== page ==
US firm SpaceX aims for its next big launch into orbit Sunday—the first of 12 flights in its $1.6 billion contract with NASA to bring supplies to and from the international space station.
The launch is the next step in American efforts to commercialize the space industry, in the hope of keeping down costs and spreading them among a wider group than governments alone.
SpaceX, owned by billionaire Paypal co-founder Elon Musk, is one of several private companies working with the US space agency to send flights to and from the space station. NASA has been relying on Russian spacecraft for the last year, after retiring its fleet of shuttles.
On Sunday, SpaceX's Falcon 9 rocket is scheduled to fire at 8:35 pm (0035 GMT) to launch the company's Dragon capsule from Florida's Cape Canaveral into orbit, loaded with around 1,000 pounds (455 kilograms) of supplies.
However, the latest reports indicate that a 40 percent chance of unfavorable weather could push the launch back one or two days.
This is to be SpaceX's second flight this year: in May, the company proved its mettle with a test flight to the ISS, conducting a near flawless nine-day trip to deliver cargo to the $100 billion orbiting outpost—the first time a commercial outfit had sent its own capsule there and back.
Musk said he aims to massively expand the program.
"Next year, we're aiming to do probably four to six launches and then double it again the year after," he said during an online "hangout" on Google+.
"The ultimate thing is to try to get spaceflight as routine as air flight. I don't think it can quite get there but it can get closer than it has been in the past," he said.
Like traveling by airplane, Musk said he hopes one of the payoffs will be that everyday people, not just the rich, can one day afford a seat.
"Right now there are a lot of people that buy seats on the Russian Soyuz," he said. "If we could offer them at a lower cost, we could expand the market." "Perhaps it can be brought down to being only 10 times more expensive" than a seat on an airplane, he said. "It can happen. If we can make rapidly and fully reusable spacecraft."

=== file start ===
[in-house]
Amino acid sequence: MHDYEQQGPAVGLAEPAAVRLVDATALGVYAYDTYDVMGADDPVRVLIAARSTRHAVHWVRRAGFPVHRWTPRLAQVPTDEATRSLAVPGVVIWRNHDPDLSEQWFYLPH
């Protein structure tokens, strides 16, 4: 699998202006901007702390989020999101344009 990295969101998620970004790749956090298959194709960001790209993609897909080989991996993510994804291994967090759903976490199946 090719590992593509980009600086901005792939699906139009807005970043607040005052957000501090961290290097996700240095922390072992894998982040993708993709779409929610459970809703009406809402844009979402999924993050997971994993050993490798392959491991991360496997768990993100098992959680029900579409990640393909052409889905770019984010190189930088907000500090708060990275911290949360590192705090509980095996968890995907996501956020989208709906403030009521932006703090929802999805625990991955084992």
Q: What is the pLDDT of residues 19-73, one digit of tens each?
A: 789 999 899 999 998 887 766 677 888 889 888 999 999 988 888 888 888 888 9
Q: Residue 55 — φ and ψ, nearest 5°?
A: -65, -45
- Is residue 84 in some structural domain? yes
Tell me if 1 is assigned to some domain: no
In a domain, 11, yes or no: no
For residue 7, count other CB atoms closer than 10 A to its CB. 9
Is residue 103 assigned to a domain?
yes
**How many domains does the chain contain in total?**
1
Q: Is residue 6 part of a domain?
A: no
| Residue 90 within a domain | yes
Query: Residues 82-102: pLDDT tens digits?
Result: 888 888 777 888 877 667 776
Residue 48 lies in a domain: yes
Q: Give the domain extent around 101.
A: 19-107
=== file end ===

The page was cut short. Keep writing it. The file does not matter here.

NASA administrator Charles Bolden added that part of commercializing the space industry will mean the private sector building new low-orbit destinations where companies can use the zero gravity environment for things like materials processing and pharmaceuticals research.
"That's what we're trying to do, is facilitate the true development of a real commercial industry where the government is an anchor tenant but not the primary source of income," Bolden noted, during the Google+ chat.
SpaceX says it has 50 launches planned—both NASA missions and commercial flights—representing about $4 billion in contracts.
But the cargo on Sunday's launch is all government: the manifest lists supplies from the Japanese and European space agencies, in addition to ones from NASA.
Jeff Foust, an aerospace consultant and the editor of TheSpaceReview.com said the industry is at the start of "a very slow transition" from something that is all government to something involving the private sector.
"NASA can't keep doing everything. At some point it has to start turning over the things that are more routine," like ferrying supplies to the space station.
If Sunday's launch goes as planned, the Dragon capsule should reach the space station by Wednesday, where it should stay for two weeks. It is scheduled to return to Earth—splashing down off the coast of southern California—on October 28, carrying about 734 pounds (333 kilograms) of scientific materials.
So far, SpaceX has only sent unmanned flights into orbit, but the company aims to send a manned flight within the next three or four years. It is under a separate contract with NASA to refine the capsule to make it crew-capable.
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